BELIEVE IT OR NOT
Sourcebooks, March 2012
Premise: Non-believer accountant agrees to run her mother's psychic business while she is in hospital, meets neighbour who runs a bar with male exotic entertainment.
Cover: Title - Belief (what it's based on, how it changes) is the theme for the whole story, so this title makes a lot of sense. Art - Dreadful. Apprentice Writer hoped the cover would change from the Advanced Reader Copy she received, but judging from the Goodread listing it didn't. Blurry background beachy boardwalk has nothing to do with anything, foreground couple look like they spend too much time in a subpar tanning salon, and the tarot card in the woman's hand looks badly photoshopped. AW's unsolicited advice to the author: insist that future covers be done by artist responsible for fellow Sourcebook Author Amy Thomas' debut, which was one of the best ever by this publisher.
What Works: AW liked the premise, which promised much potential in the form of a straight-laced, super pragmatic character who moved across a continent to get away from her new age, paranormal-open upbringing being forced to masquerade as a psychic or risk seeing her mother go bankrupt. Equally promising was the conflict between modern day heroine and hero who makes a living by having men get naked. As novel building goes, the author came up with a great pair of sources for narrative tension.
AW also really liked the hero. Amiable and believable as he strove to build up his business, look out for his naive ex-brother-in-law, and work through some issues leftover from marital breakup. He also got all the best lines:
"You don't understand,"she slurred. "Psychics don't exist."
"Oh. Okay. Well, then, you're a pleasant figment of my imagination."
"Chris is a normal guy. A safe guy. A wholesome, healthy guy," (she said).
"You make him sound like a salad."
What Doesn't: Often in romantic-comedy type stories, the secondary characters are exaggeratedly one-dimensional. This serves a purpose for the sub genre, and AW accepts this. Even so, she had some trouble with how often and persistently both the hero's dates and his exotic dancers were shown as stupid.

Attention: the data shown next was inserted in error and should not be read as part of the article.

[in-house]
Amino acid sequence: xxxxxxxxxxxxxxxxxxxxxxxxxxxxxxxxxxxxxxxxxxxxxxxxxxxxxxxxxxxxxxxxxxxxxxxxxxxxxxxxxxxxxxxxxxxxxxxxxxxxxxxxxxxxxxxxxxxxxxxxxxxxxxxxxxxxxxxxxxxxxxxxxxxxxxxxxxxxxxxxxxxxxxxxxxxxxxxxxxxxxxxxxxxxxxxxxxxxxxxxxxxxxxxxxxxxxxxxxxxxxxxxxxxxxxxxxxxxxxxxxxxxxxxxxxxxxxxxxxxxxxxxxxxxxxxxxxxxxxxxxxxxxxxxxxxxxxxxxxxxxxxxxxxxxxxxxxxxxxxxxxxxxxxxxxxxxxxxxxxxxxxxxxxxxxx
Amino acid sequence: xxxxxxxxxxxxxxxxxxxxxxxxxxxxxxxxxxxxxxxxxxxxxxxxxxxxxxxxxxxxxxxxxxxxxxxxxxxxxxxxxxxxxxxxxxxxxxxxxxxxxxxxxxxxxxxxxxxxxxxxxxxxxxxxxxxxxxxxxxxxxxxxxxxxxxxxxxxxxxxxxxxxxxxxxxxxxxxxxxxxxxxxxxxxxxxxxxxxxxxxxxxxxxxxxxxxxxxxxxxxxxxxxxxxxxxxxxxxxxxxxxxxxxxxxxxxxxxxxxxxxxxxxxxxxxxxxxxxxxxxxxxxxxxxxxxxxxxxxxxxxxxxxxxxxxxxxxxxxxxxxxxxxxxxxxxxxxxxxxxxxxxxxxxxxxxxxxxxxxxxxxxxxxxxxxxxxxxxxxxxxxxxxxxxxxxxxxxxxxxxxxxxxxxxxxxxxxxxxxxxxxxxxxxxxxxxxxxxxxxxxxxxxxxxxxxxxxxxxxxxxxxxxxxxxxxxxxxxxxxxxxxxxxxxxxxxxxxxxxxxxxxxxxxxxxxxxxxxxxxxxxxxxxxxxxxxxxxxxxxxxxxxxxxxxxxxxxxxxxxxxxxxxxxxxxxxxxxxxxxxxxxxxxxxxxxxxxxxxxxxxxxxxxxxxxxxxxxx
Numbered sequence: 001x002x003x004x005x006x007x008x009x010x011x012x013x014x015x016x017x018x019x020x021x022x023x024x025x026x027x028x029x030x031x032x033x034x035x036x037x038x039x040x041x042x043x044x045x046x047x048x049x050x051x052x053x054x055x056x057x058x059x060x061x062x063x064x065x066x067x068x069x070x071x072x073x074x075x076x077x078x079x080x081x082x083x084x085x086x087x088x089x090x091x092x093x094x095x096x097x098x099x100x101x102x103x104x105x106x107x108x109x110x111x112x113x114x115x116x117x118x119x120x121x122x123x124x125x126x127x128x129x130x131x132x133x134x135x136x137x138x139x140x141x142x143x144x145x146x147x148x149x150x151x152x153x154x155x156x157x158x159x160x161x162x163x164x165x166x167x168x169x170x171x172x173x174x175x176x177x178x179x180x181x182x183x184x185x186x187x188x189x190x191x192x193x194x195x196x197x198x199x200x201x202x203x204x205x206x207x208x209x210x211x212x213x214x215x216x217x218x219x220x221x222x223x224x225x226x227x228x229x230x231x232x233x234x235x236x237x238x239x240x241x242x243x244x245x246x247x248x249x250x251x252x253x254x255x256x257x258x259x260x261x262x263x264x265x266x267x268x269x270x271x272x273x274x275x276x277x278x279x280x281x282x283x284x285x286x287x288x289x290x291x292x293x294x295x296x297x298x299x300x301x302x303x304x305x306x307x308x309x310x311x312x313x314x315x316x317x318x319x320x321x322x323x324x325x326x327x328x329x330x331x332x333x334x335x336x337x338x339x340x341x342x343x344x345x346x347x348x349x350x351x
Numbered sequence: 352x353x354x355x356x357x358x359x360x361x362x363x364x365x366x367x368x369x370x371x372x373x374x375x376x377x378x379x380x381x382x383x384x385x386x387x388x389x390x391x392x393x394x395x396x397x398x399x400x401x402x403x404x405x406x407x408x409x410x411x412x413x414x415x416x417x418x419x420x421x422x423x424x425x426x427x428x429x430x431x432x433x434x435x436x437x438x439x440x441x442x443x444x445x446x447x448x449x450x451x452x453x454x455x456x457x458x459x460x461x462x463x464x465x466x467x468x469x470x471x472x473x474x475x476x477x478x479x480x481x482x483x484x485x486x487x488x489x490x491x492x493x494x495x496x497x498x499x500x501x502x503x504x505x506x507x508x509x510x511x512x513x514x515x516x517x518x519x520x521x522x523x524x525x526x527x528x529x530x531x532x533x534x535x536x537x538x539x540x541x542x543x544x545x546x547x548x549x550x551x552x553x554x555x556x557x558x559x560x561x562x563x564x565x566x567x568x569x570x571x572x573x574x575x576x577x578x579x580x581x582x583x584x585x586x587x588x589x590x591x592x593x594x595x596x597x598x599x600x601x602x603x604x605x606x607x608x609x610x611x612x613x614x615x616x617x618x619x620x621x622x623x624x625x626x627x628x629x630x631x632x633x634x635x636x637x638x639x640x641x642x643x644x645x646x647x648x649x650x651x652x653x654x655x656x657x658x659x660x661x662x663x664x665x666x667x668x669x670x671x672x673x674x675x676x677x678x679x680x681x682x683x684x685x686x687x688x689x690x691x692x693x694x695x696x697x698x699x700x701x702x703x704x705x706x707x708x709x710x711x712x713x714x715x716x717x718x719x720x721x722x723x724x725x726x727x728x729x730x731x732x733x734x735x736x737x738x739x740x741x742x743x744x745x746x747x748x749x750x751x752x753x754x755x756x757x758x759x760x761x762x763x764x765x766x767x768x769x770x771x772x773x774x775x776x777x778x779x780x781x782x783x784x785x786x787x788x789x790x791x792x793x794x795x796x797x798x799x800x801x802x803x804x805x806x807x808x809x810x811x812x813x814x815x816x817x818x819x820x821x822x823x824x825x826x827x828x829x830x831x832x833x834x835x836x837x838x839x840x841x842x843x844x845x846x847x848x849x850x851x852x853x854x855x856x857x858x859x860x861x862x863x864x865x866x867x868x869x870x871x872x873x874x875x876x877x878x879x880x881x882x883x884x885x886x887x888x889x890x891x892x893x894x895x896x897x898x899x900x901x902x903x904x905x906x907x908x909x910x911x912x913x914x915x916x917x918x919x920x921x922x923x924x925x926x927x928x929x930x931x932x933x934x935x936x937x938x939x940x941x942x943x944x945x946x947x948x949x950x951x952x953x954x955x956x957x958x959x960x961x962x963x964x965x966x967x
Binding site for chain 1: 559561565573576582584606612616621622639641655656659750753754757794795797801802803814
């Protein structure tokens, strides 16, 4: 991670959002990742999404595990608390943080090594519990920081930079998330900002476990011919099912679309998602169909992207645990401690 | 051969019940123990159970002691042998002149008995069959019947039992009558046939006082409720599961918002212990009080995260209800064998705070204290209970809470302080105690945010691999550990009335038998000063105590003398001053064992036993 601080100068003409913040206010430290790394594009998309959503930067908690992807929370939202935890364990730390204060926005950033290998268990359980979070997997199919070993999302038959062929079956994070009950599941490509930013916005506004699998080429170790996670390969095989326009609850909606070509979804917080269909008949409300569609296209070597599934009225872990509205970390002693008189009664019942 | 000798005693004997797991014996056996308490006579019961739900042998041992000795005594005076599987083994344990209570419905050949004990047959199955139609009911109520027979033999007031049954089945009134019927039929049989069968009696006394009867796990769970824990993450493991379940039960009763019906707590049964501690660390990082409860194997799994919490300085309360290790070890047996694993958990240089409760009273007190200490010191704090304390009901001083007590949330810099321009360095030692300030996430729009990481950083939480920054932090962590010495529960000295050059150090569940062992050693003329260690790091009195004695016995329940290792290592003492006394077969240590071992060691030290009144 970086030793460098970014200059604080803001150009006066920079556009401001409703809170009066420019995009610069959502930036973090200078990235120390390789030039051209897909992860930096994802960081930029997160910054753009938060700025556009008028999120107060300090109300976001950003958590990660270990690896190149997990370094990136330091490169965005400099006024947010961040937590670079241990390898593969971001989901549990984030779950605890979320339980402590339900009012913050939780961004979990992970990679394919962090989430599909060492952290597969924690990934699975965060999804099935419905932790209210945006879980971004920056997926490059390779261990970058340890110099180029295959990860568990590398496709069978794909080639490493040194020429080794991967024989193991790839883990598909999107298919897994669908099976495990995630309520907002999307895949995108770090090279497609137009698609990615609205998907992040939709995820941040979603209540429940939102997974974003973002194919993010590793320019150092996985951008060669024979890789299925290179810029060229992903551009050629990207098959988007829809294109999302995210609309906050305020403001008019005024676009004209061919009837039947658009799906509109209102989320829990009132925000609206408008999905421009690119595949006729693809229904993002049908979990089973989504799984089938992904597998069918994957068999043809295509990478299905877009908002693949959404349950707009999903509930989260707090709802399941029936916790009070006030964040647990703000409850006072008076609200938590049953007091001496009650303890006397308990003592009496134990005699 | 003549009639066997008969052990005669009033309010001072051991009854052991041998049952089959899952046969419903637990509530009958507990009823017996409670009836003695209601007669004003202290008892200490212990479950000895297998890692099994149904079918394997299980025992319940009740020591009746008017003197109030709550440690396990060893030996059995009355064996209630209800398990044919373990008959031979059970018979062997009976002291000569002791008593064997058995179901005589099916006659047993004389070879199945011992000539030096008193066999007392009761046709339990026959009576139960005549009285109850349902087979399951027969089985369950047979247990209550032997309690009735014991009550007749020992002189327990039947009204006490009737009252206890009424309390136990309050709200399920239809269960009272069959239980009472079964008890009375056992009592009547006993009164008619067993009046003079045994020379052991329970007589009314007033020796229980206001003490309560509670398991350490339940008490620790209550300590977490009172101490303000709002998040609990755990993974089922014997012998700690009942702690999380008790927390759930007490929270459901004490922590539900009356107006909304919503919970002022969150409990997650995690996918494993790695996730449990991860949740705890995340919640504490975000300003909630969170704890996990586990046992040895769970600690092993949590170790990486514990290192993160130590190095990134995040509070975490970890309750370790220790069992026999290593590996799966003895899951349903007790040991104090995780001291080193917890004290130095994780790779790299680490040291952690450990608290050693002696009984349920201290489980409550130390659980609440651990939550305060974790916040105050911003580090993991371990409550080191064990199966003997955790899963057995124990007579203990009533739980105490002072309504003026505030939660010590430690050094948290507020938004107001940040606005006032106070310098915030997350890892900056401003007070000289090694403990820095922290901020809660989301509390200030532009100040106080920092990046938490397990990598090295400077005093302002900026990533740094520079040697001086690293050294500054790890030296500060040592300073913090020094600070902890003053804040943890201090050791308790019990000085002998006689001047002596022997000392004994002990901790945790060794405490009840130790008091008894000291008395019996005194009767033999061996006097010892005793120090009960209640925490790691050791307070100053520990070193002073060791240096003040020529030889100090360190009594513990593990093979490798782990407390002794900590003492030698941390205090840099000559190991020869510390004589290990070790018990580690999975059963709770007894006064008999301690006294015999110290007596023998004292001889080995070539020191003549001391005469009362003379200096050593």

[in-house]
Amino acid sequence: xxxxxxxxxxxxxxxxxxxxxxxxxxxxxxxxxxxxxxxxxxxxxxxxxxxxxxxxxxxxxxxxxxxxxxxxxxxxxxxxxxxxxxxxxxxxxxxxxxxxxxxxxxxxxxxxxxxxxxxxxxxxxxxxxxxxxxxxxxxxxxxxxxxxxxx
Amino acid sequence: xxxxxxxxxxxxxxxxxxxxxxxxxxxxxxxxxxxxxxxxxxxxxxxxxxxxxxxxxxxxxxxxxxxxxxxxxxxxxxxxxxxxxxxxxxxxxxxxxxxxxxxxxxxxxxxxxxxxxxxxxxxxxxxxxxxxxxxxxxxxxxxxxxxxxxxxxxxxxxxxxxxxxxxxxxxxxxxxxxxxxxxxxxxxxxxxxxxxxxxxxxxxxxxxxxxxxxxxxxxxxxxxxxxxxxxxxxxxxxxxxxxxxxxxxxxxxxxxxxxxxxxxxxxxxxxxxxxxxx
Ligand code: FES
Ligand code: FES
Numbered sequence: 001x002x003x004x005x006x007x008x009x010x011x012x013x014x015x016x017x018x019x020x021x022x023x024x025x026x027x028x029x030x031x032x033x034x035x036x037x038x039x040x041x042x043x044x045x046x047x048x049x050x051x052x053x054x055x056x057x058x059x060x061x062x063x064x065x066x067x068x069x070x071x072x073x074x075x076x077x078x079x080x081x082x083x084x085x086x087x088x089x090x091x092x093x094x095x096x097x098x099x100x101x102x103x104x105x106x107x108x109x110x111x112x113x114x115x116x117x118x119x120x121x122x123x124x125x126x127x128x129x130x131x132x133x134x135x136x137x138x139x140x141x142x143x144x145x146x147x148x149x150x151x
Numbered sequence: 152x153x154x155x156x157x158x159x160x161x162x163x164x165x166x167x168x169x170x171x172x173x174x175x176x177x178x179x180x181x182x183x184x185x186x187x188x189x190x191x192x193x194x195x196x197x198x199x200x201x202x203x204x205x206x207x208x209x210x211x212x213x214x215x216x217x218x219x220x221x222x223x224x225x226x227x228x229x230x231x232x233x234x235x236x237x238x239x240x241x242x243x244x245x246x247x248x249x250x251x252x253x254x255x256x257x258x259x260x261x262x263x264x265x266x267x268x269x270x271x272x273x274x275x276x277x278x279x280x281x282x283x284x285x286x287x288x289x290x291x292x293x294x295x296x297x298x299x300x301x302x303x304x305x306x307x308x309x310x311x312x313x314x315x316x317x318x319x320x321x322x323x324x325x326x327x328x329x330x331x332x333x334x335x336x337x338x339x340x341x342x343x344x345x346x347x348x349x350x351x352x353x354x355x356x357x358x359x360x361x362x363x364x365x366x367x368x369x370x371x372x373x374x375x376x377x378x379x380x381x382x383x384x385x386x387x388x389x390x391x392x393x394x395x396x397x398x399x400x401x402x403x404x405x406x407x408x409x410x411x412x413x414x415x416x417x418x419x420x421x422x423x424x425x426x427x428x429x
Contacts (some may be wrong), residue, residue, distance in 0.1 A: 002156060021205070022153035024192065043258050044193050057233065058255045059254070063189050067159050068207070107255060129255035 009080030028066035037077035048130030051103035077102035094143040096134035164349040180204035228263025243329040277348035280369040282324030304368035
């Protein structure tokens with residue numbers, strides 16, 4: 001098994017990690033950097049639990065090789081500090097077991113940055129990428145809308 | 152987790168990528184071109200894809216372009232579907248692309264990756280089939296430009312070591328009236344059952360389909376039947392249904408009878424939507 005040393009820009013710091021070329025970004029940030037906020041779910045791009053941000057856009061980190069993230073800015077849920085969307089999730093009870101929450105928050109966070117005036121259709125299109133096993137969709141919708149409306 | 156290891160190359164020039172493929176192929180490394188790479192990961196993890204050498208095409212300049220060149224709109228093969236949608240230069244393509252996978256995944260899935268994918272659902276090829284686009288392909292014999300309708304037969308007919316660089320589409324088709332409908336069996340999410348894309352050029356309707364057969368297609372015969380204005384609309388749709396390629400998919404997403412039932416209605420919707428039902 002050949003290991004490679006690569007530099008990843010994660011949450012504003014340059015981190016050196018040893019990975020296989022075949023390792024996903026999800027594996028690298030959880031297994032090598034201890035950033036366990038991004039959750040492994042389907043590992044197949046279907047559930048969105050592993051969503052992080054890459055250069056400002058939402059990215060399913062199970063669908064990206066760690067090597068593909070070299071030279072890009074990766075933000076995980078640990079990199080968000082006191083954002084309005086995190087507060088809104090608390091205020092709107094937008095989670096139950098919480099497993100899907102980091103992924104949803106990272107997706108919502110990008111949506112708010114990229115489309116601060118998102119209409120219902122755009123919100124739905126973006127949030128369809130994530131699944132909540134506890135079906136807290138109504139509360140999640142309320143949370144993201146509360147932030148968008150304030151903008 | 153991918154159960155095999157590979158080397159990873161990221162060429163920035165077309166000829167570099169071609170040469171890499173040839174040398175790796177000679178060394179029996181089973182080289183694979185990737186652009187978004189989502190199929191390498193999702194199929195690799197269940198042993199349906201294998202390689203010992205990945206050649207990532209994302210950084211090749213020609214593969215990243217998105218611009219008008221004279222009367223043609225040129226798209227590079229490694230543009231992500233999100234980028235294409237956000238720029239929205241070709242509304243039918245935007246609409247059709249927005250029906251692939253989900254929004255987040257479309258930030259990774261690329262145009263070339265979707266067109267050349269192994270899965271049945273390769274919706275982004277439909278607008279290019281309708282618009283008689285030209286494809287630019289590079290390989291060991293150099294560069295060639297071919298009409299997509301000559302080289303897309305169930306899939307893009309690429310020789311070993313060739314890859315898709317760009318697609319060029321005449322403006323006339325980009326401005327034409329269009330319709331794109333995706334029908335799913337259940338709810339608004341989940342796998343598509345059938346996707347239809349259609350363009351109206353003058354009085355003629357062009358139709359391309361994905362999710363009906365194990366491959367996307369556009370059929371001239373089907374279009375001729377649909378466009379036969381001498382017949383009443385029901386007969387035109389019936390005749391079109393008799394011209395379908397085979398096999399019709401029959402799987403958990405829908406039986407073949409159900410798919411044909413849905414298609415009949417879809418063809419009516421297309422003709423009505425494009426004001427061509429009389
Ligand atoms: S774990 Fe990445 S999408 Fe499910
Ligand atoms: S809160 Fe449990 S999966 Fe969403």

She also struggled with some of the heroine's behaviour. AW couldn't quite buy the straight laced accountant heroine drunkenly falling off tables and smacking the dancers on their behinds. Especially when it felt like she was judgemental about the hero's dates having a specific pair of physical assets. It made the former out of character, or the latter hypocritical; either way, it distanced this reader from the protagonist.
What AW Changed her Mind About: AW is not fond of popular culture references in novels. Partly because half of the time she is unfamiliar with it and then spends the rest of the story irked that she's missing something, partly because of how often they make the book seem passé. Her favourite illustration of the latter is a character who wished for a relationship as romantic and committed as Brad Pitt and Jennifer Aniston.
So when the many glam rock band names and song titles started and kept on coming, she was not impressed. However she warmed up to them more as it because clear that rather than mood-setting window dressing, they were a integral part of the plot.
One of the criticisms of the romance genre is that it relies too much on stereotypes. There is some truth to this, and fans of the genre will laughingly talk about favourite and least favourite
tropes. AW's view is that she gets impatient with seeing the same situations over and over, but adores it when an author manages to tweak it in a new way. One overused standbys involves the heroine stumbling or starting to fall and the hero saving her. AW is DYING for a heroine to catch a stumbling hero, for once, or for the hero to try and actually miss.
So the Gentle Reader can imagine that when this heroine is - wait for it! - saved from a fall by the hero, it was not a high point. However, when the heroine had been in the same type of situation three times by page 40, AW decided this met the criteria of successful stereotype tweak and it moved from "Doesn't Work" to "Works".
Overall: Breezy and lighthearted, this is an example of the kind of story usually described as "romp" with the term "hijinks ensue" attached. If the reader usually enjoys that type of story, including exaggerated secondary characters and physical comedy, then this is a good choice.